In order to hold the lever c in its raised position, as shown in Fig. 8, after it has been operated so that it cannot descend too quickly upon the release of the space-key and prevent the free movement of the pawl I), I provide the pivoted detent Zwith its spring Z beneath its free end, so that when the lever c is raised, as shown in Fig. 8, the detent Z, being pivoted on the screw it, will pass beneath the lever c and hold it raised until the pawl Z) has moved or shifted to the right sufficiently to strike the detent Z and force it from beneath the lever c. In practice the pawl is made of sufficient width and placed sufficiently near the said detent to act directly upon it, but for the sake of clearness and in order to separate the parts I have shown a pin 1) on the side of the pawl 11 to engage the detent Z.
m is a pin projecting horizontally from the upright c and adapted to enter the notch n in the detent Z to form a stop for the latter.
i is a hole in the end of the shifting-pawl. which is made when the bore Z' is drilled.
I do not desire to be limited to the precise means shown for accomplishing my invention, as it will be obvious that it may be accomplished by various equivalent means and de vices without departing from my invention.
Having described my invention, what I claim as new, and desire to secure by Letters Patent, is-
1. In a type-writing machine, the combination with the movable rack-bar provided with teeth on its top side, and the escapement comprising an oscillating detent and a pivoted pawl engaging said rack-bar and adapted to be operated by the detent, of a slot in the pawl at its pivoted end, a spring to shift the pawl.
longitudinally on its pivot toward the detent, and suitable means to engage and release the said pawl connected to and operated by a spacing-key only, as set forth. 7
2. In a type-writing machine, the combination with the movable rack-bar and the escapement comprising an oscillating detent and a pivoted pawl engaging said rack-bar, of a slot in the pawl at its pivoted end, aspring to shift the pawl on its pivot, a lever to engage the pawl to hold it from shifting, and suitable means connected to the said lever to operate the same to release the pawl, and a space-key connected to said means, as set forth.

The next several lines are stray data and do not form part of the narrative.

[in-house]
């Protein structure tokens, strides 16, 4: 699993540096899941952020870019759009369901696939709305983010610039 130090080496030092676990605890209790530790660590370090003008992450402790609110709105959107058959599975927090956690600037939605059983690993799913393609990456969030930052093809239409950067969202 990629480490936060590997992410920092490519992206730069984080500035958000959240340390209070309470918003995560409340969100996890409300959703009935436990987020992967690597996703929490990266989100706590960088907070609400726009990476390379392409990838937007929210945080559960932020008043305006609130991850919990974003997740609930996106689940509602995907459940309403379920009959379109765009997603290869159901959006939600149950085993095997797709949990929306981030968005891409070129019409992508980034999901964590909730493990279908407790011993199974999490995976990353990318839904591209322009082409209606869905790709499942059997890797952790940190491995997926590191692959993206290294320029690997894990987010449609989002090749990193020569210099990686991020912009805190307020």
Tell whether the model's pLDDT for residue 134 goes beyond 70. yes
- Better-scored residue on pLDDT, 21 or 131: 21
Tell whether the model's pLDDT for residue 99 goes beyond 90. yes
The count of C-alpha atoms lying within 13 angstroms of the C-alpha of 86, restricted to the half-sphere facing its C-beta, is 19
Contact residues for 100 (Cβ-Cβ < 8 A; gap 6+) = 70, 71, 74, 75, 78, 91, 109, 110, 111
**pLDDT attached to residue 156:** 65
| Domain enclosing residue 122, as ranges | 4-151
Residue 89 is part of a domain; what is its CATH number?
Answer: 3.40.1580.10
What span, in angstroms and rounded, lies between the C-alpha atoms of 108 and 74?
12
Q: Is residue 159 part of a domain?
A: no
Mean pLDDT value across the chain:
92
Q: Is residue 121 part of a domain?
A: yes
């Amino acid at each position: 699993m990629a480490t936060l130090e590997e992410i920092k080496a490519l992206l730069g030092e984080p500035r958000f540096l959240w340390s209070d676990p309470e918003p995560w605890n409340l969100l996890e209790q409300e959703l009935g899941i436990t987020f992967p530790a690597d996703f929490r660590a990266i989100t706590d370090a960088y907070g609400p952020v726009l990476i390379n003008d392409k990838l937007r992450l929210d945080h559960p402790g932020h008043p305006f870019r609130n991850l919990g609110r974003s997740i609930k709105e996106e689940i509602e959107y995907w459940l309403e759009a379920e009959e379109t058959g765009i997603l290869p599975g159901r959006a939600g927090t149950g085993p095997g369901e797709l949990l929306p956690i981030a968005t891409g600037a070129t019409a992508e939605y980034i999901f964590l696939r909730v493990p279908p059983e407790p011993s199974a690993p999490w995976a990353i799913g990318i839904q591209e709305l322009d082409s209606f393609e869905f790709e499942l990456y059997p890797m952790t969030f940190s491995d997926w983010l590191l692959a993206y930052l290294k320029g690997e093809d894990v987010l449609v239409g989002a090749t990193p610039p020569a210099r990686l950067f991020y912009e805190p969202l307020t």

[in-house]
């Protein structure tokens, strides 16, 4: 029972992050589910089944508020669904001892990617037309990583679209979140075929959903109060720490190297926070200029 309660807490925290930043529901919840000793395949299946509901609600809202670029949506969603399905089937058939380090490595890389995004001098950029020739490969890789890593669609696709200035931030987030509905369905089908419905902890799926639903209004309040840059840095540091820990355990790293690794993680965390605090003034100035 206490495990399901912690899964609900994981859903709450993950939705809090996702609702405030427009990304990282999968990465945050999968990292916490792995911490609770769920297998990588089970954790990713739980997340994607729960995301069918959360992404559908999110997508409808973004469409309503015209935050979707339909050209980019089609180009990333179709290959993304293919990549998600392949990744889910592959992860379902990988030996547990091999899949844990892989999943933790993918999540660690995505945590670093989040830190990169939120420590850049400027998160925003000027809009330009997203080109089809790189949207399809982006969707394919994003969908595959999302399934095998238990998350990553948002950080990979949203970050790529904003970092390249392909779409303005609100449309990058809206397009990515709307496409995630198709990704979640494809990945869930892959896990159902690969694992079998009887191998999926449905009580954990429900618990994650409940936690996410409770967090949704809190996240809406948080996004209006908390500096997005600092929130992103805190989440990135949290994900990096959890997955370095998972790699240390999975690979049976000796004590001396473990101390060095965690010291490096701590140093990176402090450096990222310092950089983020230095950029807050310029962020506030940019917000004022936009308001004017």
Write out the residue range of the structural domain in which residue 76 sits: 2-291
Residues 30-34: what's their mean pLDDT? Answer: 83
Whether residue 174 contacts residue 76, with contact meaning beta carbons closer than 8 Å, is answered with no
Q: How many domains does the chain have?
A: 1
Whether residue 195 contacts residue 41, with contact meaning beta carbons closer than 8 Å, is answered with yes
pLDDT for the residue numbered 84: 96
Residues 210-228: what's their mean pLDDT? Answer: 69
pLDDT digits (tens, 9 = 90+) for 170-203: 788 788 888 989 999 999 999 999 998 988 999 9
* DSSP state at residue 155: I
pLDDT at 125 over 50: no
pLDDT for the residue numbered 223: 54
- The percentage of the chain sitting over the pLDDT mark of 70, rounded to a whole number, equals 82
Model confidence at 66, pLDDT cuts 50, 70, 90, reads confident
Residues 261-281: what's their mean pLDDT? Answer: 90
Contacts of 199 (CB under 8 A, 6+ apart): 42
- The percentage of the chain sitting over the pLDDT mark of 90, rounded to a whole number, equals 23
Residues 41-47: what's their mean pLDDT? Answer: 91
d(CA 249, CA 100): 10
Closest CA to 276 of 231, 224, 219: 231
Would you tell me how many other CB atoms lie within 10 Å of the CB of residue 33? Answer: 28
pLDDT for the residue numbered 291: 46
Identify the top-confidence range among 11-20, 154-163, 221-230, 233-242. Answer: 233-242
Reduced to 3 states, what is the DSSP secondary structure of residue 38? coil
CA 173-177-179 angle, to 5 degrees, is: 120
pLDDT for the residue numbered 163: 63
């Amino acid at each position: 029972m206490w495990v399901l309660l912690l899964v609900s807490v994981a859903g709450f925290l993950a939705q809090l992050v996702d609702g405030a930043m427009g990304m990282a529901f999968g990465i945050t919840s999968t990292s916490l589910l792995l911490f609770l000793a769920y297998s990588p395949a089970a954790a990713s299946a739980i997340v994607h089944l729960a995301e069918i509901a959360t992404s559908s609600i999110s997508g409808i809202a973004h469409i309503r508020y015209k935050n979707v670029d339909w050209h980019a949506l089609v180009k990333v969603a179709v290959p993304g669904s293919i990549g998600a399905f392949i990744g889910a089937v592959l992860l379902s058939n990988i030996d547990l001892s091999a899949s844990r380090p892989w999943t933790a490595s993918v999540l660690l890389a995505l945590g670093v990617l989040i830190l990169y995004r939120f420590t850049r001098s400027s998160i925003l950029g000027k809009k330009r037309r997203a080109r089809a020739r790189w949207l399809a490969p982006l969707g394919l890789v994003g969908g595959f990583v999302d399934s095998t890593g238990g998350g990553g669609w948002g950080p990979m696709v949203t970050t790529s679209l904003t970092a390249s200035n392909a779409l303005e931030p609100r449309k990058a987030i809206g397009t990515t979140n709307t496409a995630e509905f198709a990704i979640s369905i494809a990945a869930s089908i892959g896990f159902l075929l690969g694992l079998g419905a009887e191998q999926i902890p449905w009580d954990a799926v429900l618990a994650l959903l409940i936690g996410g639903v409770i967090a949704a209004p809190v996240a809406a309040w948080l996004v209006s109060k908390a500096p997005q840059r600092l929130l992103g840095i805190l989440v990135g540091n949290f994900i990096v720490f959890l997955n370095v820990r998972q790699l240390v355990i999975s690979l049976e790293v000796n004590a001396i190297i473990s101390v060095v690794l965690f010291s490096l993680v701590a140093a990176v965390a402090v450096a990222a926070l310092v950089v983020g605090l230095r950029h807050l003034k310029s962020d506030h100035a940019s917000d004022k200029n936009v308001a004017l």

3. In a type-writing machine, the combination with the movable rack-bar, the printingkeys and the escapement therefor, comprising an oscillating detent and a pivoted pawl lying substantially parallel with the rack-bar adapted to shift longitudinally, and in opposition to the direction of movement of the rackbar, a spring to shift the pawl, a lever'to engage the pawl to prevent it from shifting,- a space-key adapted to be depressed independently of the printing-keys, and suitable connections between the space-key and the said lever whereby it may be operated to release the pawl, substantially as and for the purpose described.
4. In a type-writing machine, the combination with the movable rack-bar and the escapement therefor, comprising an oscillating detent and a pivoted pawl adapted to shift longitudinally, a spring to shift the pawl, a lever to engage the pawl to prevent it from shifting, a space-key, suitable connections between the space-key and the said lever wherebyit may be operated to release the pawl, and a pivoted stop for the said lever, substantially as and for the purpose described.
5. In a type-writing machine, the combination with the movable rackbar and the escapement therefor, comprising an oscillating detent and a pivoted pawl adapted to shift longitudinally, a spring to shift the pawl, a lever to engage the pawl to prevent it from shifting, a space-key, suitable connections be= tween the space-key and the said lever whereby it may be operated to release the pawl, a pivoted stop movable in a plane at right angles to the said lever, a stationary pin to engage the stop, and. a spring to force the stop toward the pin, substantially as and for the .mediate of its length, to a standard integral with a plate secured to the frame of the machine, to prevent the pawl from shifting, a space-key, oscillating rod, arm, g, lever, F, connection-rod, F, a pivoted stop, Z, pin, m, and a spring to force the said pivoted stop toward the pin and the said pivoted pawl, substantially as and for the purpose described.
7. In a type-writing machine, the combination with the movable rack-bar and the escapement therefor, comprising an oscillating detent and a pivoted pawl adapted to shift longitudinally, a spring to shift the pawl, a lever to engage the pawl to prevent it from shifting, a bifurcated spring bearing with one of its free ends upon the pivoted pawl and with its other free end upon the lever engaging the said pawl, a space-key, and suitable connections between the space-key and the said lever whereby it may be operated to release the pawl, substantially as and for the purpose described.
In testimony whereof I have hereunto signed my name.
EUGENE TERRY. Witnesses:
ARTHUR G. MARION, TRUMAN NOBLE.